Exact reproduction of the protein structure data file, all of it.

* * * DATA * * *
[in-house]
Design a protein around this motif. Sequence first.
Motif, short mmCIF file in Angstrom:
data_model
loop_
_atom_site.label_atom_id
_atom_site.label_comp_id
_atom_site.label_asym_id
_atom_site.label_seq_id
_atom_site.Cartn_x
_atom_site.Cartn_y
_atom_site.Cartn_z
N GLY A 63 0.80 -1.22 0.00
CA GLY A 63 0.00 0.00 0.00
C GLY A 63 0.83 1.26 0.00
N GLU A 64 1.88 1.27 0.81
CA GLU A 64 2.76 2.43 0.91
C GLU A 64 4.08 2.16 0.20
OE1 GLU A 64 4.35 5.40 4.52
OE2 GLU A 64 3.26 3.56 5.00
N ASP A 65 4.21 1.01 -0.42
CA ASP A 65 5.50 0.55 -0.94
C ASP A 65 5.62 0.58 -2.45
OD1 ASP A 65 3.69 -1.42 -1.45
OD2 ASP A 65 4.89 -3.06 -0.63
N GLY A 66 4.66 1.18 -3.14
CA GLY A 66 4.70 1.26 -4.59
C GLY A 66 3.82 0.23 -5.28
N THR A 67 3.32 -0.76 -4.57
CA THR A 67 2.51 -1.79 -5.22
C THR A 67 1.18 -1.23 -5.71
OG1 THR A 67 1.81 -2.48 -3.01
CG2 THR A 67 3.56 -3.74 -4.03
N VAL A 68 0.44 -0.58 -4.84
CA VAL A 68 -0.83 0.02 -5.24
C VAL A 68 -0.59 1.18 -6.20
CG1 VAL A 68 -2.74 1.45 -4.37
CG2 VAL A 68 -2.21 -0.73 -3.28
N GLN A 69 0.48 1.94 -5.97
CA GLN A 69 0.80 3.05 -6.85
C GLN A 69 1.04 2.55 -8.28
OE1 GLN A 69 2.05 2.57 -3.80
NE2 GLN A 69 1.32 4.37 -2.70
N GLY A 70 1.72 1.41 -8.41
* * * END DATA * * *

[in-house]
Design a protein around this motif. Sequence first.
Motif, short mmCIF file in Angstrom:
data_model
loop_
_atom_site.label_atom_id
_atom_site.label_comp_id
_atom_site.label_asym_id
_atom_site.label_seq_id
_atom_site.Cartn_x
_atom_site.Cartn_y
_atom_site.Cartn_z
N GLY A 63 0.80 -1.22 0.00
CA GLY A 63 0.00 0.00 0.00
C GLY A 63 0.83 1.26 0.00
N GLU A 64 1.88 1.27 0.81
CA GLU A 64 2.76 2.43 0.91
C GLU A 64 4.08 2.16 0.20
OE1 GLU A 64 4.35 5.40 4.52
OE2 GLU A 64 3.26 3.56 5.00
N ASP A 65 4.21 1.01 -0.42
CA ASP A 65 5.50 0.55 -0.94
C ASP A 65 5.62 0.58 -2.45
OD1 ASP A 65 3.69 -1.42 -1.45
OD2 ASP A 65 4.89 -3.06 -0.63
N GLY A 66 4.66 1.18 -3.14
CA GLY A 66 4.70 1.26 -4.59
C GLY A 66 3.82 0.23 -5.28
N THR A 67 3.32 -0.76 -4.57
CA THR A 67 2.51 -1.79 -5.22
C THR A 67 1.18 -1.23 -5.71
OG1 THR A 67 1.81 -2.48 -3.01
CG2 THR A 67 3.56 -3.74 -4.03
N VAL A 68 0.44 -0.58 -4.84
CA VAL A 68 -0.83 0.02 -5.24
C VAL A 68 -0.59 1.18 -6.20
CG1 VAL A 68 -2.74 1.45 -4.37
CG2 VAL A 68 -2.21 -0.73 -3.28
N GLN A 69 0.48 1.94 -5.97
CA GLN A 69 0.80 3.05 -6.85
C GLN A 69 1.04 2.55 -8.28
OE1 GLN A 69 2.05 2.57 -3.80
NE2 GLN A 69 1.32 4.37 -2.70
N GLY A 70 1.72 1.41 -8.41